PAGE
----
It’s been a long time since I wrote something during the day and published it immediately upon finishing. This is what happens when you come back from The Influence Conference suffering from
the plague a cold and stay home from work the next day.
“I should like to call you by name, but they have lost the lists…”
I don’t know that I would call this my favorite quote, but it’s the one that’s seized my heart the hardest, the one that sticks in my mind when I hear of injustice perpetuated and my heart grieves sore. Maybe something being your favorite means not that you have chosen it, but that it has chosen you to return to again and again.
I thought of it as I finished reading David Remnick’s Lenin’s Tomb: The Last Days of the Soviet Empire, which is where I read it in the first place. (If you’re interested in Russian or Soviet history, this is a must-read; it won a Pulitzer Prize.)
I thought of it as I read tweet after news story after tweet about people dying at the hands of police last year.
I thought of it as I saw tweet after cross in churchyard after tweet about babies dying in abortions.
I thought of it as I read about Christians killed in Turkey in the 1920s, in what our government refuses to acknowledge as a genocide. (Read: The Great Fire: One American’s Mission to Rescue Victims of the 20th Century’s First Genocide by Lou Ureneck)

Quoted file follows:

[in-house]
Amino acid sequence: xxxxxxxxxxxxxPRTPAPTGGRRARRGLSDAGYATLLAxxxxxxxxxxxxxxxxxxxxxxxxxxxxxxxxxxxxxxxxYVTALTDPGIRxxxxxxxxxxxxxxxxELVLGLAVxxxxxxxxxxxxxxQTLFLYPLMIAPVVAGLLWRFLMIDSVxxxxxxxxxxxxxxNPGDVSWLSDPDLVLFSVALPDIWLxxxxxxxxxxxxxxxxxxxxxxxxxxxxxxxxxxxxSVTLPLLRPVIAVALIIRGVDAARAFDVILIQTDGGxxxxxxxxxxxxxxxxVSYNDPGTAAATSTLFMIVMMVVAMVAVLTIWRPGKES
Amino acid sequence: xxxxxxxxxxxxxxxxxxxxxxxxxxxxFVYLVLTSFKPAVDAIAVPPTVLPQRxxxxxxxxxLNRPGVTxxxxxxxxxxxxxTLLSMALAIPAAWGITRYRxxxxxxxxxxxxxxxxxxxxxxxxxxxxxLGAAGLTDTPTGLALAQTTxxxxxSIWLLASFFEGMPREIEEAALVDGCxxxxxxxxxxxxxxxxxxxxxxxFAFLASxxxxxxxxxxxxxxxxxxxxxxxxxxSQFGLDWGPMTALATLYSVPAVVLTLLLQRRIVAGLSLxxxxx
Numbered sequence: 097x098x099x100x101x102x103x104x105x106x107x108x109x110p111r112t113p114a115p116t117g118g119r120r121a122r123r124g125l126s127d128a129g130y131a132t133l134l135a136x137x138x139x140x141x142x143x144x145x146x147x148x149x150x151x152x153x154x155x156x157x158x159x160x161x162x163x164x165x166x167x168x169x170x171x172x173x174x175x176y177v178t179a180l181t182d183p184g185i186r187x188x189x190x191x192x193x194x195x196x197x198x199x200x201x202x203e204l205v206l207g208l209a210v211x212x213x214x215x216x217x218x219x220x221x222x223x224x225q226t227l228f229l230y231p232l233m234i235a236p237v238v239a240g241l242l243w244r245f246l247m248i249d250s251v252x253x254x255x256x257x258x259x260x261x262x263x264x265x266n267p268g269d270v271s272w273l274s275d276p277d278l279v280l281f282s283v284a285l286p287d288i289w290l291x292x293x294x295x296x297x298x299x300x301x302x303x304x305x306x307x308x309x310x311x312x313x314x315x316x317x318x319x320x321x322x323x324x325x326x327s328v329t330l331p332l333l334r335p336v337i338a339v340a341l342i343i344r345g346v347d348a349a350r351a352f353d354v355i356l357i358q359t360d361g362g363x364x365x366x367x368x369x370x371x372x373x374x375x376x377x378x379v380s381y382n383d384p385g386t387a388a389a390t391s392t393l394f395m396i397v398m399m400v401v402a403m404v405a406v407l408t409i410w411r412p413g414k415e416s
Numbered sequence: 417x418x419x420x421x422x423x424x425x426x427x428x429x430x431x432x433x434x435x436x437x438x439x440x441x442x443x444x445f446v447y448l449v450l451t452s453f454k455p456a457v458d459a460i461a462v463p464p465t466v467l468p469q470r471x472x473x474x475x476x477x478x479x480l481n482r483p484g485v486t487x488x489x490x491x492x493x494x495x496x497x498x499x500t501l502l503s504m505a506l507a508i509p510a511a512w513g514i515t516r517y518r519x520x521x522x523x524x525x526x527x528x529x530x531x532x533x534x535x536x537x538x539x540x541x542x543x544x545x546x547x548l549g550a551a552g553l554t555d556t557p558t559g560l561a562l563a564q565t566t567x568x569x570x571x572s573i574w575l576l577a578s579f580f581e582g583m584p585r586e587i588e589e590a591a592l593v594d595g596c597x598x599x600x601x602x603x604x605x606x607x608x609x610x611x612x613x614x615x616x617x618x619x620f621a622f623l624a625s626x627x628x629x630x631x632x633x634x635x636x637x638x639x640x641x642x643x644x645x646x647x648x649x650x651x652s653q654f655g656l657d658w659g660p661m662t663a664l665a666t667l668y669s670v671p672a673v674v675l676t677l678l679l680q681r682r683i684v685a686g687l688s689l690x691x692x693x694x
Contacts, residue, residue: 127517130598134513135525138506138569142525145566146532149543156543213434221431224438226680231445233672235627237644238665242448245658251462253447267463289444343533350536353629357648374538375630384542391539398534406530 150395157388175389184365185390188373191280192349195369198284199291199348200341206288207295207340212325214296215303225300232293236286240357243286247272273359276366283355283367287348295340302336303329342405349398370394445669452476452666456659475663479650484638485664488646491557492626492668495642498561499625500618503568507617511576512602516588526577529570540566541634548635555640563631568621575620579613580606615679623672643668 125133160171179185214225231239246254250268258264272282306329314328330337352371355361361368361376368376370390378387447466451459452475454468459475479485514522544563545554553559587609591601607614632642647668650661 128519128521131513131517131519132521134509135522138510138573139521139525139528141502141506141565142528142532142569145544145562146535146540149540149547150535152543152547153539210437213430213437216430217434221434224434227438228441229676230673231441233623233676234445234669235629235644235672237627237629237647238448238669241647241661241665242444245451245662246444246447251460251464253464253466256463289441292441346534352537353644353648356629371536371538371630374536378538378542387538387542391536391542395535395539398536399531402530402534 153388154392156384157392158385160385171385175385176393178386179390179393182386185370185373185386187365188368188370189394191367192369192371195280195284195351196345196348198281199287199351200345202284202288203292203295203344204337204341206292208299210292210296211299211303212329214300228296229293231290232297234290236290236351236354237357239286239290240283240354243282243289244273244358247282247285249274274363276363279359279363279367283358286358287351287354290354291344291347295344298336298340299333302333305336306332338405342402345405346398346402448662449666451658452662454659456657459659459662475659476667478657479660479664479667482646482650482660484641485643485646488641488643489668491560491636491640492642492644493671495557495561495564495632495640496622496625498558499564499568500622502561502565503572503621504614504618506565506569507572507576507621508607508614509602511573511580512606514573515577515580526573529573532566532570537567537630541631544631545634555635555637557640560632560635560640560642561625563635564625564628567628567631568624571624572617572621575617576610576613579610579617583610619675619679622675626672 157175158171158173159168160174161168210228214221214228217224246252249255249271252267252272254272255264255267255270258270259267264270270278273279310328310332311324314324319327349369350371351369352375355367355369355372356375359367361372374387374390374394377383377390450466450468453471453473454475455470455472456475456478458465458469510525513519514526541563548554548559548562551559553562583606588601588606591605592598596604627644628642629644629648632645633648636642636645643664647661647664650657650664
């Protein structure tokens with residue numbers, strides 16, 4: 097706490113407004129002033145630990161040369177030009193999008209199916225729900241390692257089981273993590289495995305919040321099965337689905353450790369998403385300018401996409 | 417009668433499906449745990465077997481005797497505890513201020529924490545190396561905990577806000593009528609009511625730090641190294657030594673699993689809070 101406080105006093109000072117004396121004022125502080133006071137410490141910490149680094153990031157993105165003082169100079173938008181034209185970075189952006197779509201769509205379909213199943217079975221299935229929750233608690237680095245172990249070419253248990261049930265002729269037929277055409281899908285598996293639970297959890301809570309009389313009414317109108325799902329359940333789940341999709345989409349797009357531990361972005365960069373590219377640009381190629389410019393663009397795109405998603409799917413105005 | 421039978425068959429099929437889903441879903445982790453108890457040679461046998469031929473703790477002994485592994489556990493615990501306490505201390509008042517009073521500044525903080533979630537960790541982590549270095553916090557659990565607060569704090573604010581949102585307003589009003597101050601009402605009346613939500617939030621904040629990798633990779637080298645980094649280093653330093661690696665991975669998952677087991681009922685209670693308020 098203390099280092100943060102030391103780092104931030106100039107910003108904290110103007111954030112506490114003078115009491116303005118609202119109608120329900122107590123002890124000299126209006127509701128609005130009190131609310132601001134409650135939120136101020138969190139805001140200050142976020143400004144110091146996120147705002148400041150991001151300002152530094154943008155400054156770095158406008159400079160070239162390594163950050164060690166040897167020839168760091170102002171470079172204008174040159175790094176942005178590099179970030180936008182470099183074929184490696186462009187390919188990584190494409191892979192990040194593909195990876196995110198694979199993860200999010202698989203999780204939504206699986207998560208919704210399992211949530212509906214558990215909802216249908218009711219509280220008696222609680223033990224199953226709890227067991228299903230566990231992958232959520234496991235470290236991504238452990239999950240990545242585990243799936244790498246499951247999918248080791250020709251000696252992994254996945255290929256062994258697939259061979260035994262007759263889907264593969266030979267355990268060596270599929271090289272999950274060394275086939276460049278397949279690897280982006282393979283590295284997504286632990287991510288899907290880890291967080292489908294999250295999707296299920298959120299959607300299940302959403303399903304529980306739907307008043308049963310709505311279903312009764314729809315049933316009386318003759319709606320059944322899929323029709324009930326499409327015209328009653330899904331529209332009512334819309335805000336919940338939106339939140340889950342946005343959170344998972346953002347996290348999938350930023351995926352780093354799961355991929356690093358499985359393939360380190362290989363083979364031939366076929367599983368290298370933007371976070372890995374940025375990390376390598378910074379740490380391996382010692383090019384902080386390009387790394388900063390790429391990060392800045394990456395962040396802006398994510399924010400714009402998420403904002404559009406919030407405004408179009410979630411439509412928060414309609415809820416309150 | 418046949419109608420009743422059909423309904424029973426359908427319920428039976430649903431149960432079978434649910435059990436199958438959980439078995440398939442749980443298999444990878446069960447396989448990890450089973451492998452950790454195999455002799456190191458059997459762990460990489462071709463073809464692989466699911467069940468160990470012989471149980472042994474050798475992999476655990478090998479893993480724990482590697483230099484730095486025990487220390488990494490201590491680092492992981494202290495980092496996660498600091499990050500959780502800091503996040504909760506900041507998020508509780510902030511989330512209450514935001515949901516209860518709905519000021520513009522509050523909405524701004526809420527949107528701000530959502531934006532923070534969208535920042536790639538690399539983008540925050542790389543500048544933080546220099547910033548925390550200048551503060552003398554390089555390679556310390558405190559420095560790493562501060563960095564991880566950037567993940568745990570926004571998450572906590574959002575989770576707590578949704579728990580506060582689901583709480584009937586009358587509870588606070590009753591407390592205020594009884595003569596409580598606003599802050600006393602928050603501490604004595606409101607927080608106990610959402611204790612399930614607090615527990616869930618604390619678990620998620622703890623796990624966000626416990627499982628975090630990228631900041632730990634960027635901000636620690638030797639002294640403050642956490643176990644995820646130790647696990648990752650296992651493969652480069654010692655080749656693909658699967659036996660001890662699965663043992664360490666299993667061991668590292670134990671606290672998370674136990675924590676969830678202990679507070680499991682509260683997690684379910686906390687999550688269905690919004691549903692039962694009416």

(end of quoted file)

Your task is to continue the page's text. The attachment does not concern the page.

I thought of it as I read about Holocaust survivors, but even more, about the people who died during it. I thought of it as I remembered my next-door neighbors, both of whom survived the Nazis’ killing machine and at least one of whom survived Auschwitz.
I thought of it every time I came face-to-face with death and destruction, every time I looked up at heaven in angry confusion, every time I heard another story of someone losing his life because somebody else thought he had a right to take it. I want to call the names of these people but there are too many or we don’t know them or we never gave them any or there are too many.
I painted an anchor because there is one thing I know: The Rock of Ages is solid ground on which to stand. I don’t know a whole lot else than that and sometimes I struggle to know even that. But when I remember the Rock is solid ground, I remember God sees all of this and He calls every name. He names the millions who died under Stalin, the millions who died under Hitler, the millions who died in Turkey and Rwanda and under ISIS, because He knows all of those names. He gives names to the babies who die in the names of women’s rights and He calls them too. He calls our names when we’re blinded by despair or caught in our sin and He sets us free.
“I should like to call you all by name, but they have lost the lists…”, but He hasn’t, and He won’t.
There is not much that can comfort me when I mourn lives lost from injustice. But knowing He is the anchor of my soul, the Rock that lends hope in its steadiness, is the one thing that does.